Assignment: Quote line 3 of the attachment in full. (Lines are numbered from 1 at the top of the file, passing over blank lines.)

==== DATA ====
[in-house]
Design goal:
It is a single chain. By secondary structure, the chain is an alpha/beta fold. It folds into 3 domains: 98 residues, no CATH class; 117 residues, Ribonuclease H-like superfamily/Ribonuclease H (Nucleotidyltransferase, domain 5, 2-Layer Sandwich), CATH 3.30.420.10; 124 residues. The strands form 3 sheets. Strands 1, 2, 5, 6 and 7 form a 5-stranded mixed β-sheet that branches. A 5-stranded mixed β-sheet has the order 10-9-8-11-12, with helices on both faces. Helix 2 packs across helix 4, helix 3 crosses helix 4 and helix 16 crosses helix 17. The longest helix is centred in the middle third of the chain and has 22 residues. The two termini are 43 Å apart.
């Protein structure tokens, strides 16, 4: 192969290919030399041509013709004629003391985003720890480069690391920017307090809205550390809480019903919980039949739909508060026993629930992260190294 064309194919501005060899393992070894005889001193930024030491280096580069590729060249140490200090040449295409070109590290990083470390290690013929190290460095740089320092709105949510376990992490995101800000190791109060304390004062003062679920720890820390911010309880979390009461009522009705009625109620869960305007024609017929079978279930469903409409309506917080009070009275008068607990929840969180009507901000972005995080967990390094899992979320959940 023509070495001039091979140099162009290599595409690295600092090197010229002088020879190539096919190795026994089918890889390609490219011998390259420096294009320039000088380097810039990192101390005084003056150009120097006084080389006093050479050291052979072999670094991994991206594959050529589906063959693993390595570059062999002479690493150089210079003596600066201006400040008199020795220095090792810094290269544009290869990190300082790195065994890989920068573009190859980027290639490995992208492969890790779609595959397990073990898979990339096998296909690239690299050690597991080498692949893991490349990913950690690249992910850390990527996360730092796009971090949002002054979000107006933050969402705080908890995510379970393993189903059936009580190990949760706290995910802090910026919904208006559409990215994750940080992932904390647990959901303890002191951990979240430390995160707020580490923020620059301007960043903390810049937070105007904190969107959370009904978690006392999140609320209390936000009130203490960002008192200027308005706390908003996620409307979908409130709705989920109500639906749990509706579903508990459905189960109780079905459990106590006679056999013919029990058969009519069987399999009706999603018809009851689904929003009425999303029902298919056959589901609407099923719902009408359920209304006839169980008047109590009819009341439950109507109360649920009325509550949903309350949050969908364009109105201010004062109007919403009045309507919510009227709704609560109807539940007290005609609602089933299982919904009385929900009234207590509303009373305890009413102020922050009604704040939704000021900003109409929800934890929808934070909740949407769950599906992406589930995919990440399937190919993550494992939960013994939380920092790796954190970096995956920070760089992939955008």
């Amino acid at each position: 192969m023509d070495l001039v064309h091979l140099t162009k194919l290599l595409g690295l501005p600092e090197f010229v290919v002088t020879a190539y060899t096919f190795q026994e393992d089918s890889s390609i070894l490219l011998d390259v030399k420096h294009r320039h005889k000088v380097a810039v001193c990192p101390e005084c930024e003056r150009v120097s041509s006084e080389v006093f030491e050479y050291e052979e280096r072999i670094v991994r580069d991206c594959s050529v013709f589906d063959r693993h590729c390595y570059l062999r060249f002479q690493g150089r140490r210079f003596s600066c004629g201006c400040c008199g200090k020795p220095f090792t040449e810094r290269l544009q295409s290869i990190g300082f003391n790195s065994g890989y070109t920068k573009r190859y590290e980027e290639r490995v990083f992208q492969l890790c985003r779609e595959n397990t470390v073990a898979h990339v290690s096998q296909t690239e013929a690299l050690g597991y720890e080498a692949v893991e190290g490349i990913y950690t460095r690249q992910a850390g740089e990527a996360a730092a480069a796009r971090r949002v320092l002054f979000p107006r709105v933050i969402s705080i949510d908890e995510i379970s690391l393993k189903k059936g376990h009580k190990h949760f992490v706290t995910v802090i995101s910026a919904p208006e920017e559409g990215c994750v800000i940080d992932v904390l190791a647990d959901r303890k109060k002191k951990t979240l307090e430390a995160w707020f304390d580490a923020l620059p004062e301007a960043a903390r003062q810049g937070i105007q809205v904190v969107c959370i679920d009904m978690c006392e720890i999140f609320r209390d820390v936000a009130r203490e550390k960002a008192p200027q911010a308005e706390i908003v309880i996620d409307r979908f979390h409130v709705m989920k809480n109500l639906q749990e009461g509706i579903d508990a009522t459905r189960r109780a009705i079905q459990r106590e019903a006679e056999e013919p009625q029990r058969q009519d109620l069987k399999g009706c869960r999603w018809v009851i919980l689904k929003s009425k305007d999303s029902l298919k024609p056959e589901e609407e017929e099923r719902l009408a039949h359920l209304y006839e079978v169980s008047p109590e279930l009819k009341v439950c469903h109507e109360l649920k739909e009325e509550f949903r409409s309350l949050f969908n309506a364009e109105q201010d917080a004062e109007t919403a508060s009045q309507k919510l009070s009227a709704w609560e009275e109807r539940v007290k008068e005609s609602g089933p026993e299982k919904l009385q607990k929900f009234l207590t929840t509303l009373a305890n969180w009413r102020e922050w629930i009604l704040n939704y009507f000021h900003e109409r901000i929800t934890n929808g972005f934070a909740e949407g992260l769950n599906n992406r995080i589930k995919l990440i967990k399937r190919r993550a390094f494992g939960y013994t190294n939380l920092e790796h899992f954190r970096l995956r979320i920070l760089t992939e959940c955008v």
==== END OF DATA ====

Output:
It is a single chain. By secondary structure, the chain is an alpha/beta fold. It folds into 3 domains: 98 residues, no CATH class; 117 residues, Ribonuclease H-like superfamily/Ribonuclease H (Nucleotidyltransferase, domain 5, 2-Layer Sandwich), CATH 3.30.420.10; 124 residues. The strands form 3 sheets. Strands 1, 2, 5, 6 and 7 form a 5-stranded mixed β-sheet that branches. A 5-stranded mixed β-sheet has the order 10-9-8-11-12, with helices on both faces. Helix 2 packs across helix 4, helix 3 crosses helix 4 and helix 16 crosses helix 17. The longest helix is centred in the middle third of the chain and has 22 residues. The two termini are 43 Å apart.